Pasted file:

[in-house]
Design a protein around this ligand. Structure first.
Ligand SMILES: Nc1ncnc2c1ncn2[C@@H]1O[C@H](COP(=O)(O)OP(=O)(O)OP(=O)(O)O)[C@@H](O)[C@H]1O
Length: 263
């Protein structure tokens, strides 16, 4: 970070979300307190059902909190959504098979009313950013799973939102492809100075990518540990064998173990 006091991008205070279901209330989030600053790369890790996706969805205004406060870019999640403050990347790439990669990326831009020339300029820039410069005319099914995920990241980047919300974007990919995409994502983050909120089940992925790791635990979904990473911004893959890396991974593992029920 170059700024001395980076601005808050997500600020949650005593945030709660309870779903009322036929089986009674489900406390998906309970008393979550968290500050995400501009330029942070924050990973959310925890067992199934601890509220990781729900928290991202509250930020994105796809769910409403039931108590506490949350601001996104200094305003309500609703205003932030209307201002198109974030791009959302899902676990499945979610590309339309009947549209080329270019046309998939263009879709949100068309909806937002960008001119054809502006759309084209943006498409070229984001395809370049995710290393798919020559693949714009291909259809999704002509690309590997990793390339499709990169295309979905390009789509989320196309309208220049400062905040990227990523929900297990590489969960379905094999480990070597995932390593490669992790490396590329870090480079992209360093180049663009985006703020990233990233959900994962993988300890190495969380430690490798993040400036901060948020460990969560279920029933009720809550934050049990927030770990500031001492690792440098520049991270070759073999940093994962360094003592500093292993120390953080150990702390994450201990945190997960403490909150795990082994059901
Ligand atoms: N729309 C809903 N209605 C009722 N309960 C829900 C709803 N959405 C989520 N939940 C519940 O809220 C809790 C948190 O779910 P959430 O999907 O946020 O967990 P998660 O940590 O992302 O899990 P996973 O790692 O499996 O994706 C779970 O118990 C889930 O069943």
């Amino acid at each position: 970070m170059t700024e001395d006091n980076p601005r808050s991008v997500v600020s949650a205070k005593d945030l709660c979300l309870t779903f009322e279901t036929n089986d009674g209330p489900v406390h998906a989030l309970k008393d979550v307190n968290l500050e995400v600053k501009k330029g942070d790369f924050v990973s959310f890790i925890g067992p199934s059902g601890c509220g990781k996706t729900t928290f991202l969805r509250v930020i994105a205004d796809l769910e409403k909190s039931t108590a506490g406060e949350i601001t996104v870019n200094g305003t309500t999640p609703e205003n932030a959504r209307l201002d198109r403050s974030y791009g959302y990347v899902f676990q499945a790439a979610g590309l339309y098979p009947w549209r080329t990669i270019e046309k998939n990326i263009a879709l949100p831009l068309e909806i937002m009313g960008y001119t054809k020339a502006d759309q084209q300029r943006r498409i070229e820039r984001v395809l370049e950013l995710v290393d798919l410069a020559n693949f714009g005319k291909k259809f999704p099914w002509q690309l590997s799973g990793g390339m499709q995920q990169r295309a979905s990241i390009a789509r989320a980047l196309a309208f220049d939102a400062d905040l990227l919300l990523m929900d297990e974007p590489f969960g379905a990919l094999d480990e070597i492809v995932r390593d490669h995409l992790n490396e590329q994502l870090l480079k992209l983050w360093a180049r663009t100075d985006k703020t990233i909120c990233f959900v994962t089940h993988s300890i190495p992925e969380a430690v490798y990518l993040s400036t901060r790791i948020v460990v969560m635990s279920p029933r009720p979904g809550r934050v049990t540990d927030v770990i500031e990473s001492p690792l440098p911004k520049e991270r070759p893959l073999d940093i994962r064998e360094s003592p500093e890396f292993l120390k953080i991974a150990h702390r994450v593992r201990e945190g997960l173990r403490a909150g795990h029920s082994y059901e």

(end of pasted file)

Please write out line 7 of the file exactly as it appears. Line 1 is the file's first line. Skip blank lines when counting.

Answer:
């Amino acid at each position: 970070m170059t700024e001395d006091n980076p601005r808050s991008v997500v600020s949650a205070k005593d945030l709660c979300l309870t779903f009322e279901t036929n089986d009674g209330p489900v406390h998906a989030l309970k008393d979550v307190n968290l500050e995400v600053k501009k330029g942070d790369f924050v990973s959310f890790i925890g067992p199934s059902g601890c509220g990781k996706t729900t928290f991202l969805r509250v930020i994105a205004d796809l769910e409403k909190s039931t108590a506490g406060e949350i601001t996104v870019n200094g305003t309500t999640p609703e205003n932030a959504r209307l201002d198109r403050s974030y791009g959302y990347v899902f676990q499945a790439a979610g590309l339309y098979p009947w549209r080329t990669i270019e046309k998939n990326i263009a879709l949100p831009l068309e909806i937002m009313g960008y001119t054809k020339a502006d759309q084209q300029r943006r498409i070229e820039r984001v395809l370049e950013l995710v290393d798919l410069a020559n693949f714009g005319k291909k259809f999704p099914w002509q690309l590997s799973g990793g390339m499709q995920q990169r295309a979905s990241i390009a789509r989320a980047l196309a309208f220049d939102a400062d905040l990227l919300l990523m929900d297990e974007p590489f969960g379905a990919l094999d480990e070597i492809v995932r390593d490669h995409l992790n490396e590329q994502l870090l480079k992209l983050w360093a180049r663009t100075d985006k703020t990233i909120c990233f959900v994962t089940h993988s300890i190495p992925e969380a430690v490798y990518l993040s400036t901060r790791i948020v460990v969560m635990s279920p029933r009720p979904g809550r934050v049990t540990d927030v770990i500031e990473s001492p690792l440098p911004k520049e991270r070759p893959l073999d940093i994962r064998e360094s003592p500093e890396f292993l120390k953080i991974a150990h702390r994450v593992r201990e945190g997960l173990r403490a909150g795990h029920s082994y059901e």